A super-size pay raise is coming to fast food workers in California next year, as labor groups just pressured fast food franchises into a deal that would establish a $20 hourly minimum wage for crew at fast food restaurants.
The state of California does not actually have the highest hourly minimum wage in the country. That distinction would go to the state of Washington, whose $15.74 minimum wage slightly bests California's $15.50 (and the District of Columbia is even higher at $16.50 an hour).
But California is likely to have the highest-paid fast food workers in the U.S. as of April 1, 2024. That’s because, as KPIX reports, a new compromise deal between labor groups and fast food franchises establishes a $20 minimum wage for fast food workers in California, effective in the spring of next year.
"A lot of us (in the fast-food industry) have to have two jobs to make ends meet, this will give us some breathing space," Bay Area Jack In The Box employee Ingrid Vilorio told KPIX.
This was not some grand act of generosity by the burger chains, but instead, a brass tacks back-and-forth between the chains and labor groups. Last year, Governor Newsom signed a law creating a Fast Food Council with the power to raise that industry’s minimum wage to as much as $22 an hour. But the industry countered by gathering signatures for a 2024 ballot measure that would have suspended the law until 2024, if not overturning it entirely at the ballot box.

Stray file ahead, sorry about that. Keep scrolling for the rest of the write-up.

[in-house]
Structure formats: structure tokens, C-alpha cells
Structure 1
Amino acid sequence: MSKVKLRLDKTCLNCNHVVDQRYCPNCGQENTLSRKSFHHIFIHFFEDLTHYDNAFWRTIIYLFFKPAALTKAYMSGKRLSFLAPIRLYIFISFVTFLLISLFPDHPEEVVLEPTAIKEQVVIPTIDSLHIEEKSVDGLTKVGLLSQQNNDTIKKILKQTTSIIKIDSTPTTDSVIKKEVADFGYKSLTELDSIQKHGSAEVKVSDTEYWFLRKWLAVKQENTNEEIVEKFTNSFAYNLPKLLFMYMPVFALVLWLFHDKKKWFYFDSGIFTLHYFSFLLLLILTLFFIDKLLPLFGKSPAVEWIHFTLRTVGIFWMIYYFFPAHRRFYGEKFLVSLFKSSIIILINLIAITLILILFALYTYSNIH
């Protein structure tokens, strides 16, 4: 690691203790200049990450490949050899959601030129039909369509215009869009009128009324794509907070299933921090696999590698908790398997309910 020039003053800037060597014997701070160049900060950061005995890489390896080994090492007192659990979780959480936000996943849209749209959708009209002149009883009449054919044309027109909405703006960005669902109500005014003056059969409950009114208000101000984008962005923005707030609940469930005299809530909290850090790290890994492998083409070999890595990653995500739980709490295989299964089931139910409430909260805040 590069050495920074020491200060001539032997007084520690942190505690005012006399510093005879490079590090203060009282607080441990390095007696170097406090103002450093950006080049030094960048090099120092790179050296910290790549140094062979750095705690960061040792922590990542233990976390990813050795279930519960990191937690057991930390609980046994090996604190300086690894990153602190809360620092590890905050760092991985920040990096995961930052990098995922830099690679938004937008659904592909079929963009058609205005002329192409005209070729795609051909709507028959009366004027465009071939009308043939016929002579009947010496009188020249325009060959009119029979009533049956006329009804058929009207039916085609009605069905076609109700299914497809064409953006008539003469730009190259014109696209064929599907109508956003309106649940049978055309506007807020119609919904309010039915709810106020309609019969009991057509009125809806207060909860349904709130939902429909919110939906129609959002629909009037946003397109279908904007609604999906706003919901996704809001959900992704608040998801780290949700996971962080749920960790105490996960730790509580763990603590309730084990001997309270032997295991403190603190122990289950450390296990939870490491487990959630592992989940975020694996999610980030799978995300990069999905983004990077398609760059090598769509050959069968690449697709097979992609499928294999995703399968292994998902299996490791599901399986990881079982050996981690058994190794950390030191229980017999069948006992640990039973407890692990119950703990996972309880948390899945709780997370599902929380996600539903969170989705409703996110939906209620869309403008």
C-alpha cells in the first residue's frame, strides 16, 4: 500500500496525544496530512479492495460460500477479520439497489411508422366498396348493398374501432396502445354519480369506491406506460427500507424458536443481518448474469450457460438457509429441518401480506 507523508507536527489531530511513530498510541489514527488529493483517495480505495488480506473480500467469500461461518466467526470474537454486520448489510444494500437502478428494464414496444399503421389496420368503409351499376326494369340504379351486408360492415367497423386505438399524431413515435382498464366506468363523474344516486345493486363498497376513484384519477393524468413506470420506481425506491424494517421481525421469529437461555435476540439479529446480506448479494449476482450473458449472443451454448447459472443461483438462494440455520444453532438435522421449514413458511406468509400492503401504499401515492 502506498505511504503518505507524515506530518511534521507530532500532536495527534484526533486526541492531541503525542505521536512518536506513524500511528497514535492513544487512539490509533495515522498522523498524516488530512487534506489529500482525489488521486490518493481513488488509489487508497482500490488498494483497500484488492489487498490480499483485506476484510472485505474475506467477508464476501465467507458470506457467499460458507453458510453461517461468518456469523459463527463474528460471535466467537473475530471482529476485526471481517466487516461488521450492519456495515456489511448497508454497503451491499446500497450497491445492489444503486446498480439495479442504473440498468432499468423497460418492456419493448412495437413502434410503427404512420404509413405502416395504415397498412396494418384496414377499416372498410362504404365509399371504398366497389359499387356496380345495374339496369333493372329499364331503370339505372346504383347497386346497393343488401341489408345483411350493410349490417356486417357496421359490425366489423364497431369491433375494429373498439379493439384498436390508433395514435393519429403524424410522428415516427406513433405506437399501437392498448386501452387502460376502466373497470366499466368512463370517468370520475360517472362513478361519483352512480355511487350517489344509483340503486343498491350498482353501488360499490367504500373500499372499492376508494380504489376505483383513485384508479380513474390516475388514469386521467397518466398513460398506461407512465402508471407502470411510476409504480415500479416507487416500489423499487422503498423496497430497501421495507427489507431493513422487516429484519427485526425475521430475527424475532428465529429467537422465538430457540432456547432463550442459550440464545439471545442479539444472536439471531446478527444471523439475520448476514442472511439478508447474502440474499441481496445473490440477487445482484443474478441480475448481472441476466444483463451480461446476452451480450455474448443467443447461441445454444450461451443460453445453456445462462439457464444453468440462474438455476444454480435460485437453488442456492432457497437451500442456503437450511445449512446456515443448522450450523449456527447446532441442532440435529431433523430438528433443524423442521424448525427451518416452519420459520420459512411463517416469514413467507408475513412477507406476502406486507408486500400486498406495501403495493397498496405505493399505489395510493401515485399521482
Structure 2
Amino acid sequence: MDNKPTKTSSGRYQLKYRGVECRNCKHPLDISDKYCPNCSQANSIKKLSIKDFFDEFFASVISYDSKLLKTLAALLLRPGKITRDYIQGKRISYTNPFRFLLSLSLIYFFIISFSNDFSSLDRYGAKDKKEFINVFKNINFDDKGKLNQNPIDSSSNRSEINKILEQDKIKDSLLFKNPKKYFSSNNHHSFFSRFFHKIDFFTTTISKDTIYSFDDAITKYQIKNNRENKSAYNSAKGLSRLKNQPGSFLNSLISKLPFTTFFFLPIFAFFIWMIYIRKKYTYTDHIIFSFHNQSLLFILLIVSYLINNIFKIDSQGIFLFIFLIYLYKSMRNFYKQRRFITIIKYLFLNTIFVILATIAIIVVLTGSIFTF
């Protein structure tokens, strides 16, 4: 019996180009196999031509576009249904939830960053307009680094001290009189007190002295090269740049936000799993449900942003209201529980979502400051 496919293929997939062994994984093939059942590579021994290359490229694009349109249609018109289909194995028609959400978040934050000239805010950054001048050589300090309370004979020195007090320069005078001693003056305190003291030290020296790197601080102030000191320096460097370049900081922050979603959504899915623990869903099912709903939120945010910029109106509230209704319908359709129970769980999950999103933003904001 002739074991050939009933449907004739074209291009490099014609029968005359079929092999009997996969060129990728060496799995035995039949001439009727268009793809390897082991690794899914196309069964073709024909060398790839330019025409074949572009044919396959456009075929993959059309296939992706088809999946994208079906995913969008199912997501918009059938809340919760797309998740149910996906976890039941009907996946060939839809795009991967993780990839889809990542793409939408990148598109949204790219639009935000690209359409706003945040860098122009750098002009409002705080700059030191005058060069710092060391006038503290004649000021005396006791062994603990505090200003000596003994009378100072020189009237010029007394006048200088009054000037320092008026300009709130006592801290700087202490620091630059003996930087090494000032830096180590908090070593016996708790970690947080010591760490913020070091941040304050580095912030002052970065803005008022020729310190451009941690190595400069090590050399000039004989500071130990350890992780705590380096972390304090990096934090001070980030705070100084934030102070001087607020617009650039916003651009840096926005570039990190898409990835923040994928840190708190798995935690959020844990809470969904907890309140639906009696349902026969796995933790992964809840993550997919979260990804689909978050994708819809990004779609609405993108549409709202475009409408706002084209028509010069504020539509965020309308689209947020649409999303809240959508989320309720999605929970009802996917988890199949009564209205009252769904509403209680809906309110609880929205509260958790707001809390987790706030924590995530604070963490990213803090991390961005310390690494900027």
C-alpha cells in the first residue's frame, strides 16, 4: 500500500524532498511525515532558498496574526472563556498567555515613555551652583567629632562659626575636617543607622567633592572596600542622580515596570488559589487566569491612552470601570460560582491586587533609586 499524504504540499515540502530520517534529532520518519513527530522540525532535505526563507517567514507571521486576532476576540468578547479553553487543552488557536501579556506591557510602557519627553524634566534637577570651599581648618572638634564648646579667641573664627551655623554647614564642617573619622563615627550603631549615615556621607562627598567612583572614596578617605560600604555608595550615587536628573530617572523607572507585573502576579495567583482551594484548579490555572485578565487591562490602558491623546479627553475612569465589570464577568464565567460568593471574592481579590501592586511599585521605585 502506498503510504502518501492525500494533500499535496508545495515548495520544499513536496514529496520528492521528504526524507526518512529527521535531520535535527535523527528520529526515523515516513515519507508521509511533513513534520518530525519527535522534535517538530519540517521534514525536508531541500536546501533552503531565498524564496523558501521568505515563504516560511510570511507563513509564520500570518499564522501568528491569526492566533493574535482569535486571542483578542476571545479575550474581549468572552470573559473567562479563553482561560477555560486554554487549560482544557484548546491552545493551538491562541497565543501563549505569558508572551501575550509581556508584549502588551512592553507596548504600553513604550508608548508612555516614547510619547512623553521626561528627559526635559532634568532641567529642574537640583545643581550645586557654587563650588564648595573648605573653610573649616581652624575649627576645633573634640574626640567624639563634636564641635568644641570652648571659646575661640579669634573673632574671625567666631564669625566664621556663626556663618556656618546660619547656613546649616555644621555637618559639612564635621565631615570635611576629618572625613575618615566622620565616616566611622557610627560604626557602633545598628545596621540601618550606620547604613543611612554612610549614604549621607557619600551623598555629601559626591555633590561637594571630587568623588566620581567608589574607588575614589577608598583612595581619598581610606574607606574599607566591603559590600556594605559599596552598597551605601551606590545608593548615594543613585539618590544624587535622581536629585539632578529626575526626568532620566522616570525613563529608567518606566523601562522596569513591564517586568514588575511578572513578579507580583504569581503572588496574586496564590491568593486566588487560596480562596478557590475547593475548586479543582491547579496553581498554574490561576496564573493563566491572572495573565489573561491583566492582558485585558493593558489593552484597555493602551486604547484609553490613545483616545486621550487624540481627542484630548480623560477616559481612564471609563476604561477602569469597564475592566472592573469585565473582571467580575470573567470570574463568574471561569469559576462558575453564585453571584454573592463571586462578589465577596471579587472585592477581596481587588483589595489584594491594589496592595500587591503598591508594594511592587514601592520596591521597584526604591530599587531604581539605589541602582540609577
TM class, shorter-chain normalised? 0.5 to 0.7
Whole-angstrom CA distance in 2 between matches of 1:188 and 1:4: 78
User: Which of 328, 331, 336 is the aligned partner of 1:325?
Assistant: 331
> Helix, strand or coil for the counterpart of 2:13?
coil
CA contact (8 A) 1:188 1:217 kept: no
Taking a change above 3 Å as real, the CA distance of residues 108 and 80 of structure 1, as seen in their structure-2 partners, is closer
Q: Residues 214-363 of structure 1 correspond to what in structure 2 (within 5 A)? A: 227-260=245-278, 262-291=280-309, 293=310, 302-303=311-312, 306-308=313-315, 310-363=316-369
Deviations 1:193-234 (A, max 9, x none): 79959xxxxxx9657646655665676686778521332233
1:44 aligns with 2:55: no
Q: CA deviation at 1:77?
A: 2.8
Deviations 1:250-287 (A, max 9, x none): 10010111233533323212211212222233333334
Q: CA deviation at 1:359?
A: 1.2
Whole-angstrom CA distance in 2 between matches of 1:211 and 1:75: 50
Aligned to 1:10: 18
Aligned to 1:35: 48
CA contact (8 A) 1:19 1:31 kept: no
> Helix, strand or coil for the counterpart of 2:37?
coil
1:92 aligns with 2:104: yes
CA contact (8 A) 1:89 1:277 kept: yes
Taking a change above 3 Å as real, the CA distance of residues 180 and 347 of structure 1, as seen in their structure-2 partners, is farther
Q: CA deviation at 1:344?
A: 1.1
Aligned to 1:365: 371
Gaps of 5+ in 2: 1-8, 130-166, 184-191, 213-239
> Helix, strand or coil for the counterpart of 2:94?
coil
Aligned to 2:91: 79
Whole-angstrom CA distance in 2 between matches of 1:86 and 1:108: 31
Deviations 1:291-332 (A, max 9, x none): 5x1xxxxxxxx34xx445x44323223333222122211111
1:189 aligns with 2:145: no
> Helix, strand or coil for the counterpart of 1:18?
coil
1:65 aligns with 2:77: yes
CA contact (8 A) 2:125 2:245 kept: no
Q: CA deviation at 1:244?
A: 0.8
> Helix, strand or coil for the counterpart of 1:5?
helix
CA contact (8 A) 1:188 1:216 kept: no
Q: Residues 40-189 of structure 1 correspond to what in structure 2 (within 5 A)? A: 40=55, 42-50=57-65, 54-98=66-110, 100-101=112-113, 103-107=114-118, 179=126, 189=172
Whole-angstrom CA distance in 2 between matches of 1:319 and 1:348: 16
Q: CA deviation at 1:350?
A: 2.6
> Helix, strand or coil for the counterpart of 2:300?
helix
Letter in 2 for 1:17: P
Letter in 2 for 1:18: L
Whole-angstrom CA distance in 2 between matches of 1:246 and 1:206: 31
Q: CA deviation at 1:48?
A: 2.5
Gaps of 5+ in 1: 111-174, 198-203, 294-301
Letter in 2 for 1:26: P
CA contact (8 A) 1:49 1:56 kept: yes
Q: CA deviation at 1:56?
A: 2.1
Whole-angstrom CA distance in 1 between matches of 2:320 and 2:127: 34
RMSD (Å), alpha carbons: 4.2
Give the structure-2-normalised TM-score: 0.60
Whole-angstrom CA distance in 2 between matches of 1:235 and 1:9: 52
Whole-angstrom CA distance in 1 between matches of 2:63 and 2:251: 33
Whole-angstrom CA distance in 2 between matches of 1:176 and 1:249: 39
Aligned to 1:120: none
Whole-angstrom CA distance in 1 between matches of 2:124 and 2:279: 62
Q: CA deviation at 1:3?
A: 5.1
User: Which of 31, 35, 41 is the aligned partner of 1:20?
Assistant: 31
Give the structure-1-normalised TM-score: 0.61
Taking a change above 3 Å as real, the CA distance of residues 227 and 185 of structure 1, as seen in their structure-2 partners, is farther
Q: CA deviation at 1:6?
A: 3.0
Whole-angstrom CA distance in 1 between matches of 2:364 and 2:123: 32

Undaunted, labor groups countered by introducing legislation that would have made large companies like McDonald’s and Burger King liable for violations, like wage theft, committed by their individual franchise operators. That spooked the big fast food corporations to the bargaining table, resulting in the forthcoming $20 California fast food minimum wage.
"This agreement protects local restaurant owners from significant threats that would have made it difficult to continue to operate in California," National Restaurant Association executive vice president for public affairs Sean Kennedy told KPIX.
The law does not apply to all fast food joints in the state, only those with 60 or more locations nationwide. And it doesn’t apply to chains who actually produce their own bread on-site, or serve bread as a stand-alone item (e.g., Panera or Olive Garden).
Newsom’s Fast Food Council would have the ability to continue raising those hourly minimum wages each year through 2029.
Image: Arielle A. via Yelp